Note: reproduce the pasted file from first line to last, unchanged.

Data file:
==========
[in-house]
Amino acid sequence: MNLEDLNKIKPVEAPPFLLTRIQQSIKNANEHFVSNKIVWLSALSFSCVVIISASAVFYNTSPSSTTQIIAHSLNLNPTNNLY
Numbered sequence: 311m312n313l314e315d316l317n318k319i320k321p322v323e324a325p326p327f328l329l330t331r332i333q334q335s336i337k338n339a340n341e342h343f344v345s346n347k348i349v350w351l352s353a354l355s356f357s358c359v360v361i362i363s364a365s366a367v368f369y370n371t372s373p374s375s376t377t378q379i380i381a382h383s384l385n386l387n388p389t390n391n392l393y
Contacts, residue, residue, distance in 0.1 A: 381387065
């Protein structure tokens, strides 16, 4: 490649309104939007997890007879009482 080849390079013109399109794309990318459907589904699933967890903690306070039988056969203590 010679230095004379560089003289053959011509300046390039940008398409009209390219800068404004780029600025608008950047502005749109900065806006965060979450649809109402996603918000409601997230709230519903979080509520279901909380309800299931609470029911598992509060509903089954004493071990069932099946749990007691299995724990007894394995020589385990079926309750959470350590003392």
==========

[in-house]
Amino acid sequence: MNLEDLNKIKPVEAPPFLLTRIQQSIKNANEHFVSNKIVWLSALSFSCVVIISASAVFYNTSPSSTTQIIAHSLNLNPTNNLY
Numbered sequence: 311m312n313l314e315d316l317n318k319i320k321p322v323e324a325p326p327f328l329l330t331r332i333q334q335s336i337k338n339a340n341e342h343f344v345s346n347k348i349v350w351l352s353a354l355s356f357s358c359v360v361i362i363s364a365s366a367v368f369y370n371t372s373p374s375s376t377t378q379i380i381a382h383s384l385n386l387n388p389t390n391n392l393y
Contacts, residue, residue, distance in 0.1 A: 381387065
């Protein structure tokens, strides 16, 4: 490649309104939007997890007879009482 080849390079013109399109794309990318459907589904699933967890903690306070039988056969203590 010679230095004379560089003289053959011509300046390039940008398409009209390219800068404004780029600025608008950047502005749109900065806006965060979450649809109402996603918000409601997230709230519903979080509520279901909380309800299931609470029911598992509060509903089954004493071990069932099946749990007691299995724990007894394995020589385990079926309750959470350590003392």